Whither Go Libraries in the Digital Age?—Part 1

Whither Go Libraries in the Digital Age?—Part 1

libraries in the digital age
In a previous blog post, we asked whether bookstores will go the way of dinosaurs? The question is even more pressing for libraries, which face a brave new digital world...on top of state and local budget cuts.

First things first: how will libraries adapt to the growing e-book age? That question plagues both libraries and publishers as the trend to digital books shoots upward. More and more of us are turning to Kindles, Nooks, and tablets—we find a book and download it NOW! It feels so good.

But what happens when you download an e-book from the library?  Do you have to stand in a virtual line for two weeks till it's your turn to download their single copy? If that's the case, bye-bye library...it's a straight shot to Amazon!

Libraries don't own e-books the same way they own book-books. They license them from publishers through distributors.  So...how many times are libraries allowed by publishers to lend the same e-book (simultaneously and over time)? Only once...20 times...100...1,000 times?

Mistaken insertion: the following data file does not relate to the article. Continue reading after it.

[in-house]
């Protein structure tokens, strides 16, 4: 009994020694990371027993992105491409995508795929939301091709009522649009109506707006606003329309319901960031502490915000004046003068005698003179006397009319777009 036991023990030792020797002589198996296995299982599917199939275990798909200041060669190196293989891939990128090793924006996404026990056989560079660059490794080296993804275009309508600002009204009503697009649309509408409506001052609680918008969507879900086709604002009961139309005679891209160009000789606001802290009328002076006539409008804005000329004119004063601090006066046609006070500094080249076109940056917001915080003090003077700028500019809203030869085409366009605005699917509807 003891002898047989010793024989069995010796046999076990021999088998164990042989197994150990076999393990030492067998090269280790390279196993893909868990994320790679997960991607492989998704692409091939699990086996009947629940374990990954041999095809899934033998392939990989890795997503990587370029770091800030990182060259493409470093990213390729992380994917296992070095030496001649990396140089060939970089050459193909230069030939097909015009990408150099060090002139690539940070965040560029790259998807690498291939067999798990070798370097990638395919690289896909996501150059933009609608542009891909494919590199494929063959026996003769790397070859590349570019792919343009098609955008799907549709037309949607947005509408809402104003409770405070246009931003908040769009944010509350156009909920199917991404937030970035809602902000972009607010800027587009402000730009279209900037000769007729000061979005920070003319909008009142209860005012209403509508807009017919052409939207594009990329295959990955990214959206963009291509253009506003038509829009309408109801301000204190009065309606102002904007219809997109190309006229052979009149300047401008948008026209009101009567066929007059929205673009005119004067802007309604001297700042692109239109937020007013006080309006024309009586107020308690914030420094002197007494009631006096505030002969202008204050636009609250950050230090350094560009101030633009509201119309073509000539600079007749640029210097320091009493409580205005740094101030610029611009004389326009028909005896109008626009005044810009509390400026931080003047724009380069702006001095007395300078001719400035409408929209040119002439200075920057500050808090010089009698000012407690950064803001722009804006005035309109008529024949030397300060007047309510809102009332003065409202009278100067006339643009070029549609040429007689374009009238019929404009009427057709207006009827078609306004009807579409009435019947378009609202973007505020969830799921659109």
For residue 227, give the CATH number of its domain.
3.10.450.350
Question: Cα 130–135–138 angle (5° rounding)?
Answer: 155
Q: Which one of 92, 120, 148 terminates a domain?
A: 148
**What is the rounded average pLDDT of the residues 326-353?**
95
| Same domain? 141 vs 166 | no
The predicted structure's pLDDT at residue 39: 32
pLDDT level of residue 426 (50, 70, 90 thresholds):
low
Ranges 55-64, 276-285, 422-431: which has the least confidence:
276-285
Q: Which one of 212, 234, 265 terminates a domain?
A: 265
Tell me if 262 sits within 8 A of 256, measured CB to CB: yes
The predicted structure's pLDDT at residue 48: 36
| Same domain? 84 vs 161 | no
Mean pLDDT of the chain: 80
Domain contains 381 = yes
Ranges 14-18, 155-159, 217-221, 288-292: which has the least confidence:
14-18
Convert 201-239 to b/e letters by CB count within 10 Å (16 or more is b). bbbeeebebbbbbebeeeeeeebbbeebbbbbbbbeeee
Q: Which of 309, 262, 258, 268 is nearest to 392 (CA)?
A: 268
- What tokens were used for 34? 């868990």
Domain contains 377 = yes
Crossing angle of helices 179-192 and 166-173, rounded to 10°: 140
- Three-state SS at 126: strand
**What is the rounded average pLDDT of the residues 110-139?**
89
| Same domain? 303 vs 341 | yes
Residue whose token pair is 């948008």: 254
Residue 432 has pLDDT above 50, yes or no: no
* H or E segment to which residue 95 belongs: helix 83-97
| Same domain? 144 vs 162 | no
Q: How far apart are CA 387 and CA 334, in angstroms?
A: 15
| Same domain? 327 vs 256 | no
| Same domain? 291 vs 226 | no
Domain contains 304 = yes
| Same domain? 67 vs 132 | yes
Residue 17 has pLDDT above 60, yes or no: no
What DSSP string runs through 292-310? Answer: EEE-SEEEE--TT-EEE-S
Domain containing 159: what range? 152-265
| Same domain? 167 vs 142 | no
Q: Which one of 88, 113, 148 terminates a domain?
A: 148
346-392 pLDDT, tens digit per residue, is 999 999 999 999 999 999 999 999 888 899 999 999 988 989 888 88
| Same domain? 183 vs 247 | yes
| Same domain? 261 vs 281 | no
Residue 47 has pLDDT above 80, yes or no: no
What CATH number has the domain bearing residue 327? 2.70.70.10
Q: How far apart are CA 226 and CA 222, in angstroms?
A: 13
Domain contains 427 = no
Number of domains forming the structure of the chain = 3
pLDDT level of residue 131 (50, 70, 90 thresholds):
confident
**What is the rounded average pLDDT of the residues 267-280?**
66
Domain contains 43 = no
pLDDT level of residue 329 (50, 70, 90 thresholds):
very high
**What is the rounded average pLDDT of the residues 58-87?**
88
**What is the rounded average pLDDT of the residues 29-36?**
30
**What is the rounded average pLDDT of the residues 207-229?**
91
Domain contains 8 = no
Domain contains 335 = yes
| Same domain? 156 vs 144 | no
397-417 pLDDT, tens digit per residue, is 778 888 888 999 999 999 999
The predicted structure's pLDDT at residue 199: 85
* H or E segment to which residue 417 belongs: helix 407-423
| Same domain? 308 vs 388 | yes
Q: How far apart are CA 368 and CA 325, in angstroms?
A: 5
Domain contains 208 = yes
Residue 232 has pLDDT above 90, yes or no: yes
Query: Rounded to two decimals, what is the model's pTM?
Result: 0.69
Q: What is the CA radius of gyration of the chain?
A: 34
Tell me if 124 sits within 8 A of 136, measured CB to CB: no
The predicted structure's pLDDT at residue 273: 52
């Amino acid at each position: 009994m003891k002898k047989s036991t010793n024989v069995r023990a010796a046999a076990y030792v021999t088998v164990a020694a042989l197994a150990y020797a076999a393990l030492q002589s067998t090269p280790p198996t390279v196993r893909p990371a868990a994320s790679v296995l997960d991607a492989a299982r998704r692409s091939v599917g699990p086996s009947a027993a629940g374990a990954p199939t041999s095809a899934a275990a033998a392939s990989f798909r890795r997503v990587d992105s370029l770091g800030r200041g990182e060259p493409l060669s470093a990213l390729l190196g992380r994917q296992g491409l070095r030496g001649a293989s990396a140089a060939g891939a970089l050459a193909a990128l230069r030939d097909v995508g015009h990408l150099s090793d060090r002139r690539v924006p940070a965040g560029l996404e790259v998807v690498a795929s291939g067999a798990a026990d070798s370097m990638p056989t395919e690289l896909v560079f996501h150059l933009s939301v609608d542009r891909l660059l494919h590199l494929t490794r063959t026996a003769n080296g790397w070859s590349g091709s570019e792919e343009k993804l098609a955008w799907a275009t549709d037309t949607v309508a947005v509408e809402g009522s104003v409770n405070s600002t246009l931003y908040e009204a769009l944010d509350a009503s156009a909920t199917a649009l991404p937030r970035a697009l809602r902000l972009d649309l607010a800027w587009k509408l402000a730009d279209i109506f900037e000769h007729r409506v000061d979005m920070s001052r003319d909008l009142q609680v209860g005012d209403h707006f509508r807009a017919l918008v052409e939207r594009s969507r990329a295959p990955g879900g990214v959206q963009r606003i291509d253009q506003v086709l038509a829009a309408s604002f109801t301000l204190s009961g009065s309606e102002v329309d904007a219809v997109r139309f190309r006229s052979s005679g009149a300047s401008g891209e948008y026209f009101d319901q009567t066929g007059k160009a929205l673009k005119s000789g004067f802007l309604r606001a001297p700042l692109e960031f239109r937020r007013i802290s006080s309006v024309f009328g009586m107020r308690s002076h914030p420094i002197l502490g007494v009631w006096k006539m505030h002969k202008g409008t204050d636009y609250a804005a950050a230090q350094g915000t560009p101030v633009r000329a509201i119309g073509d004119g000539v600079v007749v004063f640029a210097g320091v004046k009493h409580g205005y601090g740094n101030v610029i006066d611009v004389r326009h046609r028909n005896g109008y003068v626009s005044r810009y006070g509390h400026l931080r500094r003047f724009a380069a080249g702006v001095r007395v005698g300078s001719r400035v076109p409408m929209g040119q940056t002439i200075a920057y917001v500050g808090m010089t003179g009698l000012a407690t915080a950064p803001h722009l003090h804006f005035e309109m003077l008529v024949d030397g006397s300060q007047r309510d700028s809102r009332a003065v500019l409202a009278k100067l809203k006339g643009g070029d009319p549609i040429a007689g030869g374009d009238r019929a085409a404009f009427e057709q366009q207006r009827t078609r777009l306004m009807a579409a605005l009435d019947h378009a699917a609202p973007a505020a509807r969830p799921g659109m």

Fortunately, libraries and publishers are working on a business model that will sustain them both. They may settle on a subscription fee...or a flat fee per e-book, but whatever the ultimate solution, it should allow both to survive and thrive. At least in the near term.

The long-term is murkier: are bricks & mortar libraries even necessary? If books are virtual, existing in some amorphous computing cloud, will we need never-ending rows of bookshelves? If research is done by computers, what role will reference librarians play? We can deal with those questions in another blog post. But for now, let's say that very smart people are putting their heads together on this issue, too.

The final question—budget cuts. I've got a four-letter response to that...but it's unprintable.

Here's the four-word response—change our tax system.

If we're worried about dumbing down the American mind, something's very wrong with our priorities when we reduce library funding. The world may be turning digital, but for now—and for some time in the future—libraries serve as the communal repository of knowledge...available to all comers.

See the follow-up articles: Whither Go Libraries in the Digital Age—Part 2 and Part 3.


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